Afromondo Productions

Alex Boicel

Alex Boicel is one of the world’s leading independent promoters and the creative force behind many well-known festivals worldwide.  Alex’s passion for music has fueled his decades-long career as a producer, manager, agent and consultant, leading him to work with some of the greatest luminaries of the international entertainment industry where he has become known as an innovator.   Over the years Alex has gained a wealth of experience and ingenuity which he infuses into all of his productions including a successful music television show, ‘Soul of Africa’, which ran for three years on the American cable channel BET J.  ‘Soul of Africa’ featured music videos from the African Diaspora and was syndicated on VH1; sadly it was cancelled in 2009 when BET J was rebranded as Centric.  After the cancellation of the show Alex decided to refocus his efforts on music festivals and artists representation.  He currently serves as artistic director and consultant for several international festivals as well as musical director of Farafina Café Harlem and curator for the world music series at the legendary Apollo Theater in Harlem, New York, where he is based.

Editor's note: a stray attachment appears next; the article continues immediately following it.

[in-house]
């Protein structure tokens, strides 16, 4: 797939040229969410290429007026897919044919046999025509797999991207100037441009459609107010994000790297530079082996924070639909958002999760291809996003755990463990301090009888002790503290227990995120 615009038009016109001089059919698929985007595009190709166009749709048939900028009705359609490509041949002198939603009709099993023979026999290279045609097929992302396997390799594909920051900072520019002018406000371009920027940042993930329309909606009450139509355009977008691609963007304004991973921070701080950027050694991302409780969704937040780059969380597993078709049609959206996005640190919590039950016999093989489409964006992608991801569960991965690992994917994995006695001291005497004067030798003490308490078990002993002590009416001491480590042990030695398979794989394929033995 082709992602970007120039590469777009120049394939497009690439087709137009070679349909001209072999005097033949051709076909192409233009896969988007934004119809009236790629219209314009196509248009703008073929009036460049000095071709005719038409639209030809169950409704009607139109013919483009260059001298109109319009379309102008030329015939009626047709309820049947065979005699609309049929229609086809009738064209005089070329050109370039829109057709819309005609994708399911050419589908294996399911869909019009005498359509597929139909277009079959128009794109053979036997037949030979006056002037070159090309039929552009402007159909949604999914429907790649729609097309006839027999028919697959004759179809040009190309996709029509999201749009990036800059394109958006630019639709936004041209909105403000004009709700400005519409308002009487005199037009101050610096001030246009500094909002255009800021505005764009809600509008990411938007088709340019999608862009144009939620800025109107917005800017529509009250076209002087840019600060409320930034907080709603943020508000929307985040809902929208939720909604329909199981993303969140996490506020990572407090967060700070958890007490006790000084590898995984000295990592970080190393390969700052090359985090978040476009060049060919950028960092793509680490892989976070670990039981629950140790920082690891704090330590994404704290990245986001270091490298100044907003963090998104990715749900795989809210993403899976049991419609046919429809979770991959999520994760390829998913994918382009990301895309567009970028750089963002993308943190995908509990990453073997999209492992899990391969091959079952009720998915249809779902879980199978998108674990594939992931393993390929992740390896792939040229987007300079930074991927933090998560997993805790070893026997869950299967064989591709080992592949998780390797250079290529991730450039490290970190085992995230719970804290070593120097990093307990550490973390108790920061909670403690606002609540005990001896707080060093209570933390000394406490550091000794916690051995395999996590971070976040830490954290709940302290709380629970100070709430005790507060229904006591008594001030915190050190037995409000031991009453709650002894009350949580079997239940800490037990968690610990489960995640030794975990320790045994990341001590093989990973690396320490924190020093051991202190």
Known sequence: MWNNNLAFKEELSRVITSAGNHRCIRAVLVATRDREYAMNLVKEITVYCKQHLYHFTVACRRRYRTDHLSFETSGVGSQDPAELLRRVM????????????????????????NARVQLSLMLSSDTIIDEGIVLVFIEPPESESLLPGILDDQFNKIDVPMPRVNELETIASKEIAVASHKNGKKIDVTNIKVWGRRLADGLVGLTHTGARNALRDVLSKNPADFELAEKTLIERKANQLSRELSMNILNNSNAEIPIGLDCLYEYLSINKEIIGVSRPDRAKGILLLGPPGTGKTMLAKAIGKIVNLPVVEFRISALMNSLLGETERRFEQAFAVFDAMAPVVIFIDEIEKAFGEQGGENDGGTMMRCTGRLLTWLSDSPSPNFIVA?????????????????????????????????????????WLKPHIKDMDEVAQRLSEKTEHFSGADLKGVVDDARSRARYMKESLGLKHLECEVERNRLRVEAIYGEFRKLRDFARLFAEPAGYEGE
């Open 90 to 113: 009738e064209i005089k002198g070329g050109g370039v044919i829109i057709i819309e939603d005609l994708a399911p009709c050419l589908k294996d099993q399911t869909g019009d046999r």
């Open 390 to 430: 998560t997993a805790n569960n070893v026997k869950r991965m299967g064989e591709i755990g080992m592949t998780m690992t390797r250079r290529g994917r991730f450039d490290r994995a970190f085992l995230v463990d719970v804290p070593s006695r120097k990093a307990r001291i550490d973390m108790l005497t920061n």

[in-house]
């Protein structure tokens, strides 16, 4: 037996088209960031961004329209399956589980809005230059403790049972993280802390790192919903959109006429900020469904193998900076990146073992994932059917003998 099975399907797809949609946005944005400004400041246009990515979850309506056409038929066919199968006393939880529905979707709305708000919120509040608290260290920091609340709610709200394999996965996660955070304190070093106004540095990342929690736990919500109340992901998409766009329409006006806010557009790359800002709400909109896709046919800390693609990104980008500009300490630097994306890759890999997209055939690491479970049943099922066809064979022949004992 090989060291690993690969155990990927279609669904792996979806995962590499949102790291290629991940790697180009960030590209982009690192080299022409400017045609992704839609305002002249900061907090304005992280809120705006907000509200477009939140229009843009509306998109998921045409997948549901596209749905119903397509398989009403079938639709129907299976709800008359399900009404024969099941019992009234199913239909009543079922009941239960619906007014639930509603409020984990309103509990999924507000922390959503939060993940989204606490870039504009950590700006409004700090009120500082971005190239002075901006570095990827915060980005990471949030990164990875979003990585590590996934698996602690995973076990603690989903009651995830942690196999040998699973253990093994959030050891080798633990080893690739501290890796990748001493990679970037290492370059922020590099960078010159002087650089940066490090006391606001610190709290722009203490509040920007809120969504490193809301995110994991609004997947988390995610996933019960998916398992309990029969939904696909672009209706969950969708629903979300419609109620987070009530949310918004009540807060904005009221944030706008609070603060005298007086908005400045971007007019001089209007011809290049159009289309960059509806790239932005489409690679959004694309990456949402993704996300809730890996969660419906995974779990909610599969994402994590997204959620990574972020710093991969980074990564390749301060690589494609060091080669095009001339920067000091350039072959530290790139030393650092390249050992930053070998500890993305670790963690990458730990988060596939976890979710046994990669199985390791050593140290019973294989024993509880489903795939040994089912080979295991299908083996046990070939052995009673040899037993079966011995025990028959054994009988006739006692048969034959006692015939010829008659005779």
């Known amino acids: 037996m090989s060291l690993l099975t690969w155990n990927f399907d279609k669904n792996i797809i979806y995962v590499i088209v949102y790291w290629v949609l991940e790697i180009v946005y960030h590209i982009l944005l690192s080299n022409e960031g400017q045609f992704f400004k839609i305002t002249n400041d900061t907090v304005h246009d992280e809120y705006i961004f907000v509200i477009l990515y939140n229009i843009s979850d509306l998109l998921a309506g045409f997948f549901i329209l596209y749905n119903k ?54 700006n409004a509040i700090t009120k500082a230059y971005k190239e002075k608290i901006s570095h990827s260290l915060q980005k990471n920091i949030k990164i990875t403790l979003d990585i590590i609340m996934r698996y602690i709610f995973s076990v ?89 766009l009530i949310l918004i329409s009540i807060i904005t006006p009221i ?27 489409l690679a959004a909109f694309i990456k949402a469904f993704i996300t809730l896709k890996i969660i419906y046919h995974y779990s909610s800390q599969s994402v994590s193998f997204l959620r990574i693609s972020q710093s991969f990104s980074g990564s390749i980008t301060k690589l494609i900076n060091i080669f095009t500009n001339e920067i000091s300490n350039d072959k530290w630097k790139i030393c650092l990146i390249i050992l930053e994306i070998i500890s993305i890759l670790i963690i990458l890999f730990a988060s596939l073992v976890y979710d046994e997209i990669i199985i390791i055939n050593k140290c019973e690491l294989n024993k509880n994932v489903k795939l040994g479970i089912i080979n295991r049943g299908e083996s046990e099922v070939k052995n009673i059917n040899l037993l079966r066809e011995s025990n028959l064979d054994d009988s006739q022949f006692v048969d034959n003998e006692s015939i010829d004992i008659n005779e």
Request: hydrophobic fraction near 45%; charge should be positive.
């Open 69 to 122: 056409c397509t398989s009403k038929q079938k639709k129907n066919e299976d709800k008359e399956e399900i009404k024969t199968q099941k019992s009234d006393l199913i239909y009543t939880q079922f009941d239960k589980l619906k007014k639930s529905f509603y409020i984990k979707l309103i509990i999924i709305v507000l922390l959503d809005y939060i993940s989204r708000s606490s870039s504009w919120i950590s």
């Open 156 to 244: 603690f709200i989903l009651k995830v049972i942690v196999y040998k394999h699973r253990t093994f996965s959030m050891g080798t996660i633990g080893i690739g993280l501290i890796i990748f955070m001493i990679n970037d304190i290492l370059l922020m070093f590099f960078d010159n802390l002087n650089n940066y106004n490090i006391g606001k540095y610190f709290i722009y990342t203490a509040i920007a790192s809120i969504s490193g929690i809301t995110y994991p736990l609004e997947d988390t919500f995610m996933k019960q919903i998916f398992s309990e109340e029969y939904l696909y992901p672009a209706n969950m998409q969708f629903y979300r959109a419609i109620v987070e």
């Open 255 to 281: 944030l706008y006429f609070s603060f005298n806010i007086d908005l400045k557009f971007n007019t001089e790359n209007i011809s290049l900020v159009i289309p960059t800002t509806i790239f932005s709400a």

Alex had his first taste of the music industry when he was just sixteen years old.  Full of dreams of ‘making it big’, he left his family home in French Guiana to join his father, music impresario, Doudou Boicel, in Montreal, Canada.  Doudou was the owner of one of the country’s most internationally renowned jazz and blues nightclubs, The Rising Sun Celebrity Jazz Club.  Working alongside his father and constantly surrounded by music titans such as Nina Simone, Dizzy Gillespie, B.B. King and Willie Dixon who made up Doudou’s entourage, Alex discovered his passion for music and threw himself into his work, quickly learning the tricks of the trade.  By the age of nineteen, after having obtained a diploma as a chef from the Hotel Management Institute, Alex opened his own restaurant-nightclub next door to the Rising Sun.  However, in order not to compete with his father’s club, he decided to focus on presenting Caribbean, African and Latin music while serving up the delicious Creole cuisine that his mother had taught him to make; he called the club Café Creole.  Café Creole was the first venue in Montreal to feature live ‘world music’ long before that term had been introduced into the industry and it quickly became a hotspot with international students from the nearby universities continuing to grow and thrive for seven years.  However, in 1978, two years after the opening of the Café Creole, Doudou founded Montreal’s first jazz festival at Place des Arts which became an instant success and marked a crucial turning point in the direction of Alex’s career –his first experience working at an international festival.